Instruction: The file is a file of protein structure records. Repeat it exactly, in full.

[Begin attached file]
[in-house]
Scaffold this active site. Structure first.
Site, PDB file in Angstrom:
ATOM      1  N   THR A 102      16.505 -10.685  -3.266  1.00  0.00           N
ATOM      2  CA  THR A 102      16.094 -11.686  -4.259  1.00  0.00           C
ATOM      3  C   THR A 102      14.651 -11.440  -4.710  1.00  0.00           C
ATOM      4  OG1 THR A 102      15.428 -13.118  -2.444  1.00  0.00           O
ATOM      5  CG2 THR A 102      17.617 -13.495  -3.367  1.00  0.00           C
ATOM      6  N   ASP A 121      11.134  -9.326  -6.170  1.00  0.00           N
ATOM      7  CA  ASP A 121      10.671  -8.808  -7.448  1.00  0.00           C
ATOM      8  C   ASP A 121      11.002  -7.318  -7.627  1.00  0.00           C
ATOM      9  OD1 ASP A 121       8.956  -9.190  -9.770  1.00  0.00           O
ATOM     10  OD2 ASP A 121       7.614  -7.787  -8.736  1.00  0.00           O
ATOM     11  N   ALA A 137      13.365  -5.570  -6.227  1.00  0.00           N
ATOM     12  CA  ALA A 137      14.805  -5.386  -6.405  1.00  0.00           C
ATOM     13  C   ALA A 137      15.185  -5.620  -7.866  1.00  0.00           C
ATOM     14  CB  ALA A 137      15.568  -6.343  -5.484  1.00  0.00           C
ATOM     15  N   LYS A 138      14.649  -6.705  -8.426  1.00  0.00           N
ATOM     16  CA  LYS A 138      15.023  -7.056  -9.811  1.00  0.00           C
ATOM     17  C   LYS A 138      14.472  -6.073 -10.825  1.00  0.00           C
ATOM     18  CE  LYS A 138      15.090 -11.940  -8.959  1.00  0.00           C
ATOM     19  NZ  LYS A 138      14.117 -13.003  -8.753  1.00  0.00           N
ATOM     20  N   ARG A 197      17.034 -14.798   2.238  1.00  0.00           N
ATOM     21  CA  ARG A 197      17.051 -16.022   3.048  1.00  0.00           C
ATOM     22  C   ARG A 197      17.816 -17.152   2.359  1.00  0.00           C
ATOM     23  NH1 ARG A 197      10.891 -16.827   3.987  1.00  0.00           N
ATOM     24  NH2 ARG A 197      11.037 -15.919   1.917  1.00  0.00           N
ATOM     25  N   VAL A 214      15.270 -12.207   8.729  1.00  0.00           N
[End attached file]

[in-house]
Scaffold this active site. Structure first.
Site, PDB file in Angstrom:
ATOM      1  N   THR A 102      16.505 -10.685  -3.266  1.00  0.00           N
ATOM      2  CA  THR A 102      16.094 -11.686  -4.259  1.00  0.00           C
ATOM      3  C   THR A 102      14.651 -11.440  -4.710  1.00  0.00           C
ATOM      4  OG1 THR A 102      15.428 -13.118  -2.444  1.00  0.00           O
ATOM      5  CG2 THR A 102      17.617 -13.495  -3.367  1.00  0.00           C
ATOM      6  N   ASP A 121      11.134  -9.326  -6.170  1.00  0.00           N
ATOM      7  CA  ASP A 121      10.671  -8.808  -7.448  1.00  0.00           C
ATOM      8  C   ASP A 121      11.002  -7.318  -7.627  1.00  0.00           C
ATOM      9  OD1 ASP A 121       8.956  -9.190  -9.770  1.00  0.00           O
ATOM     10  OD2 ASP A 121       7.614  -7.787  -8.736  1.00  0.00           O
ATOM     11  N   ALA A 137      13.365  -5.570  -6.227  1.00  0.00           N
ATOM     12  CA  ALA A 137      14.805  -5.386  -6.405  1.00  0.00           C
ATOM     13  C   ALA A 137      15.185  -5.620  -7.866  1.00  0.00           C
ATOM     14  CB  ALA A 137      15.568  -6.343  -5.484  1.00  0.00           C
ATOM     15  N   LYS A 138      14.649  -6.705  -8.426  1.00  0.00           N
ATOM     16  CA  LYS A 138      15.023  -7.056  -9.811  1.00  0.00           C
ATOM     17  C   LYS A 138      14.472  -6.073 -10.825  1.00  0.00           C
ATOM     18  CE  LYS A 138      15.090 -11.940  -8.959  1.00  0.00           C
ATOM     19  NZ  LYS A 138      14.117 -13.003  -8.753  1.00  0.00           N
ATOM     20  N   ARG A 197      17.034 -14.798   2.238  1.00  0.00           N
ATOM     21  CA  ARG A 197      17.051 -16.022   3.048  1.00  0.00           C
ATOM     22  C   ARG A 197      17.816 -17.152   2.359  1.00  0.00           C
ATOM     23  NH1 ARG A 197      10.891 -16.827   3.987  1.00  0.00           N
ATOM     24  NH2 ARG A 197      11.037 -15.919   1.917  1.00  0.00           N
ATOM     25  N   VAL A 214      15.270 -12.207   8.729  1.00  0.00           N